In the age of mobile devices that contain private information, whether it’s personal or business information, encrypting your devices is a good idea. Filesystem encryption allows you to encrypt a single partition or even an entire hard drive. When configuring correctly, this will help mitigate privacy issues from stolen devices.
One of the solutions for encrypting a file system in Linux is to use LUKS. LUKS stands for “Linux Unified Key Setup”.
I created a logical volume to use as a test bed for the encrypted file system:
[[email protected] ~]# lvs LV VG Attr LSize Pool Origin Data% Move Log Copy% Convert lv_data vg_sgnhv -wi-ao-- 500.00g lv_root vg_sgnhv -wi-ao-- 50.00g lv_swap vg_sgnhv -wi-ao-- 5.88g [[email protected] ~]# lvcreate -n lv_crypto -L 1G vg_sgnhv Logical volume "lv_crypto" created [[email protected] ~]# lvs LV VG Attr LSize Pool Origin Data% Move Log Copy% Convert lv_crypto vg_sgnhv -wi-a--- 1.00g lv_data vg_sgnhv -wi-ao-- 500.00g lv_root vg_sgnhv -wi-ao-- 50.00g lv_swap vg_sgnhv -wi-ao-- 5.88g
As you can see, I have a new 1 GB logical volume called
lv_crypto. Now it’s time to get into the nitty gritty of setting up LUKS. The first thing that we need to do is encrypt the
lv_crypto volume with the
[[email protected] ~]# cryptsetup luksFormat /dev/vg_sgnhv/lv_crypto WARNING! ======== This will overwrite data on /dev/vg_sgnhv/lv_crypto irrevocably. Are you sure? (Type uppercase yes): YES Enter LUKS passphrase: Verify passphrase:
Now that we have the lv_crypto logical volume encrypted, we need to use the
luksOpen extension to create a device mapper to crypt_dev_mapper. The device mapper acts as an interface between dm-crypt and the device. From there, we can create the file system and mount it.
[[email protected] ~]# ls /dev/mapper/ control vg_sgnhv-lv_data vg_sgnhv-lv_libvirt vg_sgnhv-lv_swap vg_sgnhv-lv_crypto vg_sgnhv-lv_home vg_sgnhv-lv_root [[email protected] ~]# cryptsetup luksOpen /dev/vg_sgnhv/lv_crypto crypt_dev_mapper Enter passphrase for /dev/vg_sgnhv/lv_crypto:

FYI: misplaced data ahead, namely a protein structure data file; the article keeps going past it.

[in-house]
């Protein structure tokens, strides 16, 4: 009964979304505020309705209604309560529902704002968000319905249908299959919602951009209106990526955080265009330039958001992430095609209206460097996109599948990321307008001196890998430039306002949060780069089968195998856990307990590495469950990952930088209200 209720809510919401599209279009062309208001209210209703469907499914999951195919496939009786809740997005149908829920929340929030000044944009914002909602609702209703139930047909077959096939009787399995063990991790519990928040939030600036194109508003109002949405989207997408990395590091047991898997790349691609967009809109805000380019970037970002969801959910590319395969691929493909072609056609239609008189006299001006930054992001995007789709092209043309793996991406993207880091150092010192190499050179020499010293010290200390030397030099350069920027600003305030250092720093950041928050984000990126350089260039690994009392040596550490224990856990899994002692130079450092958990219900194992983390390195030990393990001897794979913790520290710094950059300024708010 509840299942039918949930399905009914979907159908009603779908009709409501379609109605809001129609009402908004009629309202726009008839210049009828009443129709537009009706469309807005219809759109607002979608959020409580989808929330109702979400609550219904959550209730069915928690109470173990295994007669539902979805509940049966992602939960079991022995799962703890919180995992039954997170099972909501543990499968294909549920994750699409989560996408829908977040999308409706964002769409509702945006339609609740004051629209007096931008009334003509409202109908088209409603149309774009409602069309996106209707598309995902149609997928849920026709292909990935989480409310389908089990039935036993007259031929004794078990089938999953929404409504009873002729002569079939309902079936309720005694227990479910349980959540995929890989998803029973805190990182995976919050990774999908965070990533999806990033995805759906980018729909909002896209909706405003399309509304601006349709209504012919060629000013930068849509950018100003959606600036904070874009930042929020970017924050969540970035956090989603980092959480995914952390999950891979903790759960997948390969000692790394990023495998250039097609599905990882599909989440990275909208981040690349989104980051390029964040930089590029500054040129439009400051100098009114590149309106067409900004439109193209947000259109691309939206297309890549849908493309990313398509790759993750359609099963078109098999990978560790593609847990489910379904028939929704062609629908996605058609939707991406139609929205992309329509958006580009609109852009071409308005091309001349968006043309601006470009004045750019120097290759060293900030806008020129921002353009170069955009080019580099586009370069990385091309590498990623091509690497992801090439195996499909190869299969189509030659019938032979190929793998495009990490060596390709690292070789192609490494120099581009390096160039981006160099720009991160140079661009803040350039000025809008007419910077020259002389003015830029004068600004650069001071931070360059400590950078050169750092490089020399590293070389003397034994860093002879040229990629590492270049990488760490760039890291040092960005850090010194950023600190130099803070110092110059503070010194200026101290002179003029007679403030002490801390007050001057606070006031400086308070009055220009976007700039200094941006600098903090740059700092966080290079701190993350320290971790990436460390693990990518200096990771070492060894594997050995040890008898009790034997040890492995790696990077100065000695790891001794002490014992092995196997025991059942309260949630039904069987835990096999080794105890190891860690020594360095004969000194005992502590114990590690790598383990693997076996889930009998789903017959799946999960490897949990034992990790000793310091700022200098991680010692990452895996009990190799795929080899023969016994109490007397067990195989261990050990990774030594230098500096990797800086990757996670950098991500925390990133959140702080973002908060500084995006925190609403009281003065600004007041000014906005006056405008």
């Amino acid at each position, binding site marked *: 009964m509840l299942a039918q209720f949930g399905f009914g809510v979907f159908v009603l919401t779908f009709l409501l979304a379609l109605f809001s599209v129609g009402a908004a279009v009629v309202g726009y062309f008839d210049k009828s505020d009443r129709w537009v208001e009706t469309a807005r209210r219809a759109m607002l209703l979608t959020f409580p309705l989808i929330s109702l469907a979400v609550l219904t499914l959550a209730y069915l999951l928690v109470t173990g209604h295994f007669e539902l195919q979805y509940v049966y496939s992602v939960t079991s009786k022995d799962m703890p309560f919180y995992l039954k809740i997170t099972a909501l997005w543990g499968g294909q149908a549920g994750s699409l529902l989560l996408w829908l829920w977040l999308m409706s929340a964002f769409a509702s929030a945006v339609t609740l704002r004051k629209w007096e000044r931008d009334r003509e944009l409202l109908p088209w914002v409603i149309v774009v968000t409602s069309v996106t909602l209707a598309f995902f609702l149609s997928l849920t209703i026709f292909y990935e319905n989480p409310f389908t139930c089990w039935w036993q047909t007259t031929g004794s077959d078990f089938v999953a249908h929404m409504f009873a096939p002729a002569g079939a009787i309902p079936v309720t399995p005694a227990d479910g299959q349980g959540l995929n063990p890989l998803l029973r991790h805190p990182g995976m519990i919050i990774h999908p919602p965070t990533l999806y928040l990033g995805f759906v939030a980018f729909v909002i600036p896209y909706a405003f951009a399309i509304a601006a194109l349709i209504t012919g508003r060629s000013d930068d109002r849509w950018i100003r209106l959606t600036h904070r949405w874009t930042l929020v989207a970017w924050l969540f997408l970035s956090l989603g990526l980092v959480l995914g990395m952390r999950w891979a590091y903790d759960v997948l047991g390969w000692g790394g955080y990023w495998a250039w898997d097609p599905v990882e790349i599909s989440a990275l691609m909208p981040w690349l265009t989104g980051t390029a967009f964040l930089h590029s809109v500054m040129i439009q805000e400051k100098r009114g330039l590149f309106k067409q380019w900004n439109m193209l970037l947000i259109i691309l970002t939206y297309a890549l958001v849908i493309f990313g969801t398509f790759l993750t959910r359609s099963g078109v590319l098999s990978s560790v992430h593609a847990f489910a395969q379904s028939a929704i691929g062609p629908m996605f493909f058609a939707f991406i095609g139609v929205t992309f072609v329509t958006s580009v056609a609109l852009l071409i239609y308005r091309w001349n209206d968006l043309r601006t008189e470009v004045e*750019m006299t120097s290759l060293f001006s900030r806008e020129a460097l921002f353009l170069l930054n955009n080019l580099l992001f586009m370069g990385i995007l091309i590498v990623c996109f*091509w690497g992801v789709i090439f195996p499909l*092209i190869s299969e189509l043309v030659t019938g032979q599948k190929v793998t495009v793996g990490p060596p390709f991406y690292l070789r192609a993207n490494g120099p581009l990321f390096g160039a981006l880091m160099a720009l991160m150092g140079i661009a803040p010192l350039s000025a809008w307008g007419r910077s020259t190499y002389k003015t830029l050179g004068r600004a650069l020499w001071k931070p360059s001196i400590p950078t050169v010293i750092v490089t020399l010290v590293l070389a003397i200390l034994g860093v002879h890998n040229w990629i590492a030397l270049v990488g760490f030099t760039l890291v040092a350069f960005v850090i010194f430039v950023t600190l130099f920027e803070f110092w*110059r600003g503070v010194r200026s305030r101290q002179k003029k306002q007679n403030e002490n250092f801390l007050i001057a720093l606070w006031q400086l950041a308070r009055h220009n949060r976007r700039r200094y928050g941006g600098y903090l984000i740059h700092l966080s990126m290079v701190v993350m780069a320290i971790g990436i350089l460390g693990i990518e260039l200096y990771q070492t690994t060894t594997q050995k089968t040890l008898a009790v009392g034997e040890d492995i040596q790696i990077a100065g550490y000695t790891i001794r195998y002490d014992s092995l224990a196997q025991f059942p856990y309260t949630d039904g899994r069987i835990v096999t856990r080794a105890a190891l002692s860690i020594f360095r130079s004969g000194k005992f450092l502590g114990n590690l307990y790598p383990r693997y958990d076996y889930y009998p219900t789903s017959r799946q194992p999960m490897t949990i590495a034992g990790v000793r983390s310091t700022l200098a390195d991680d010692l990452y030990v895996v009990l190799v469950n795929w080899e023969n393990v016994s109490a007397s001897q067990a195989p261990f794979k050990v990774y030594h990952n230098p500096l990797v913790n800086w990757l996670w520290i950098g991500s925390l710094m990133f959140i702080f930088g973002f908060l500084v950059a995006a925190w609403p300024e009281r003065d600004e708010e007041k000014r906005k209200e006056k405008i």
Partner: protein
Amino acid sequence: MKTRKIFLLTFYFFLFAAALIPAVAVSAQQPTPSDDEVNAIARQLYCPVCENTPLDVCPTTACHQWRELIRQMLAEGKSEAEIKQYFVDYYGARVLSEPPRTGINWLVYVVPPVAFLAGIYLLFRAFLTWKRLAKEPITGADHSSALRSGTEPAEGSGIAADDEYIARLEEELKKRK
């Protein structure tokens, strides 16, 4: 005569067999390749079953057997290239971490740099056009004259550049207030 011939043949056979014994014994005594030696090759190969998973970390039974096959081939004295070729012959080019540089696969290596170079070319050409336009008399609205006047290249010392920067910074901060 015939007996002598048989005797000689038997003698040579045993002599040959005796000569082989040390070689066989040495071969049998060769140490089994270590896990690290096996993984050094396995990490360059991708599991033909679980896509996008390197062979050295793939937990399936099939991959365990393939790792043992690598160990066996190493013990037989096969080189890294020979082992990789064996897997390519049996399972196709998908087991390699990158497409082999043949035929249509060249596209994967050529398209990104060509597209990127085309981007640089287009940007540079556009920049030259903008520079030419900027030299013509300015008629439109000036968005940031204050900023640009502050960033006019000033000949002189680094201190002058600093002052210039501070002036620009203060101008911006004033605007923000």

As you can see, there is now a device mapper called
crypt_dev_mapper, which is the device mapper that dm-crypt created to interact with the data in the encrypted volume. There is also
vg_sgnhv-lv_crypto, which is the encrypted logical volume. From here on out, we’ll be interacting with
crypt_dev_mapper. If you create your file system directly on the
lv_crypto logical volume, you will over-write the encryption, rendering it a normal everyday logical volume.
[[email protected] ~]# ls /dev/mapper/ control vg_sgnhv-lv_crypto vg_sgnhv-lv_home vg_sgnhv-lv_root crypt_dev_mapper vg_sgnhv-lv_data vg_sgnhv-lv_libvirt vg_sgnhv-lv_swap
As mentioned, we’ll create the file system on the dm-crypt created device mapper. In this case, I’m using the ext4 file system.
[[email protected] ~]# mkfs -t ext4 /dev/mapper/crypt_dev_mapper mke2fs 1.41.12 (17-May-2010) Filesystem label= OS type: Linux Block size=4096 (log=2) Fragment size=4096 (log=2) Stride=0 blocks, Stripe width=0 blocks 65408 inodes, 261632 blocks 13081 blocks (5.00%) reserved for the super user First data block=0 Maximum filesystem blocks=268435456 8 block groups 32768 blocks per group, 32768 fragments per group 8176 inodes per group Superblock backups stored on blocks: 32768, 98304, 163840, 229376 Writing inode tables: done Creating journal (4096 blocks): done Writing superblocks and filesystem accounting information: done This filesystem will be automatically checked every 26 mounts or 180 days, whichever comes first. Use tune2fs -c or -i to override.
By issuing the
blkid command, you can see that the
lv_crypto logical volume is labeled a a
crytpo_LUKS file system type and the
crypt_dev_mapper is labeled as a ext4 file system type.
[[email protected] ~]# blkid | grep crypt /dev/mapper/vg_sgnhv-lv_crypto: UUID="993b91fd-e3f2-4764-9453-3e6bf64c44b9" TYPE="crypto_LUKS" /dev/mapper/crypt_dev_mapper: UUID="4b034d56-2216-43af-86ac-98b9abb0a3fe" TYPE="ext4"
Once the filesystem has been created, you can now mount the drive and start writing data to it, as seen below.